Causes of and Treatment for Pain Catastrophizing


“Our data suggest that it may affect 5 to 10% of people with chronic pain. But we don’t have one set of accepted criteria to diagnose it. Different people use different questionnaires. There are also so many variables that contribute to it. It may be more common in people with insomnia, but we know that insomnia also causes increased pain sensitivity,” said Campbell. 

The Causes and Consequences of Pain Catastrophizing

The short answer is we don’t know the cause, and certainly multiple factors contribute.1

“Physiologic components may include inflammation and inflammatory mediators like cortisol. Functional MRI studies tell us that catastrophizers have increased activity in parts of the brain that are responsible for anticipation and emotion,” said Campbell.

“There may also be a genetic component. Pain catastrophizing may run in families. But is that genes or learned behavior? A person who catastrophizes pain may have a parent or spouse that also catastrophizes pain. It may be a family or cultural coping style,” added George.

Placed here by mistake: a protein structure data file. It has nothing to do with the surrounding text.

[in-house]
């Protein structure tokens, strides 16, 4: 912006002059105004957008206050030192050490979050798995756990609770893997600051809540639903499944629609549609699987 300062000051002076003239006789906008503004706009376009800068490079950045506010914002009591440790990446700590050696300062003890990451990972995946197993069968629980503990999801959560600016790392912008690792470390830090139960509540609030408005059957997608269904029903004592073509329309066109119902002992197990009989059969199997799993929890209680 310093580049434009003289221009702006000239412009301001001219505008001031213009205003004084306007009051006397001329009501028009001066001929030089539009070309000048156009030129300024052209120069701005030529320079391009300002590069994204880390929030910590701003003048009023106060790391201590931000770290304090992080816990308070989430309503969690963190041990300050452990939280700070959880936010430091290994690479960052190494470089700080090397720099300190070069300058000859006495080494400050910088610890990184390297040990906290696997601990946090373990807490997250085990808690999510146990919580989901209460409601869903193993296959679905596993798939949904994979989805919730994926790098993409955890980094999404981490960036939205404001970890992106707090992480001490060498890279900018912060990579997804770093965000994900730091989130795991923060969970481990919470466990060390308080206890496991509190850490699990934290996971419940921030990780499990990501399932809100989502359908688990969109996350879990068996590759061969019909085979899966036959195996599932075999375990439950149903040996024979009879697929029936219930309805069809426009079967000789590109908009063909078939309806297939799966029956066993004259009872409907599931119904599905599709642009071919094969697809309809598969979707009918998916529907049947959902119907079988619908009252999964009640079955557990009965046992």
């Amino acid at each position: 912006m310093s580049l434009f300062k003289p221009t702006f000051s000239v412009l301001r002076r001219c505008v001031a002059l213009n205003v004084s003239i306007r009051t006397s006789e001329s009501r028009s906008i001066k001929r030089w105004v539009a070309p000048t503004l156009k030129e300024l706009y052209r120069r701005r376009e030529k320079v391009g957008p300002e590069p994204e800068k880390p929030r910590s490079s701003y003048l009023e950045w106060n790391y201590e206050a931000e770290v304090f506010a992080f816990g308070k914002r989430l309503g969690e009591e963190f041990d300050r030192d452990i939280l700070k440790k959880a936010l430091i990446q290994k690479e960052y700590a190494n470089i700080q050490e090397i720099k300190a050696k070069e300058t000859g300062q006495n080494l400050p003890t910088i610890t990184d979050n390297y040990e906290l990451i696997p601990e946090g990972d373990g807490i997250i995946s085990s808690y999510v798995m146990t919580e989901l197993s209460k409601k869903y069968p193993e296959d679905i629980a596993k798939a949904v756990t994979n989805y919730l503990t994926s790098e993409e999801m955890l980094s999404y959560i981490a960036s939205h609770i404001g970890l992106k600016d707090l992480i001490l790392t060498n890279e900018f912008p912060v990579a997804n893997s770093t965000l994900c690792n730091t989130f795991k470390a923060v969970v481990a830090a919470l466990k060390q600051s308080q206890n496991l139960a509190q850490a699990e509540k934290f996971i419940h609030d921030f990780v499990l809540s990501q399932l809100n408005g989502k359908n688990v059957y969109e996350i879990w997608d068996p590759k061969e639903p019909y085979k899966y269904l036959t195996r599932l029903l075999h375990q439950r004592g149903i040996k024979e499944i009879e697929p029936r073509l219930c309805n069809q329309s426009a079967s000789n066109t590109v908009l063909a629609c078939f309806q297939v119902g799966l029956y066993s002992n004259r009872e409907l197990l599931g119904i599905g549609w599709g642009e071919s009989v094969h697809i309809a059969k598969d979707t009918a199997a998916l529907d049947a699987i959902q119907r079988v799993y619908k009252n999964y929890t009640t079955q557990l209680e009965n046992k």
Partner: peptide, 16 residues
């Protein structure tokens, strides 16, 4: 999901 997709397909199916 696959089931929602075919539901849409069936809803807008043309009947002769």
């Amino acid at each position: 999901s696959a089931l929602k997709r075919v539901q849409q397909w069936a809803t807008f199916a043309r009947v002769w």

The consequences of pain catastrophizing are better known than the cause. Catastrophizing has been associated with increased severity of acute and chronic pain, more postoperative pain, longer recovery, exaggerated usage of the healthcare system, increased disability, and a destructive influence on a person’s support network.1

Risk factors for pain catastrophizing need further research. The only risk factor that consistently shows up in studies is being female. Some studies show that age is a risk factor and some don’t.1

“We see poor outcomes in general,” said Campbell. “We also see more depression. Depression and pain catastrophizing seem to be bidirectional.” 

Treatment for Pain Catastrophizing

A recent placebo-controlled study, published in the journal Anesthesiology, looked at the possible usefulness of prescribing a selective serotonin reuptake inhibitor (SSRI) to treat pain catastrophizing after surgery. The researchers hypothesized that if pain catastrophizing has a physiologic basis, then downregulating serotonin pain receptors might help.2

This article originally appeared on Clinical Pain Advisor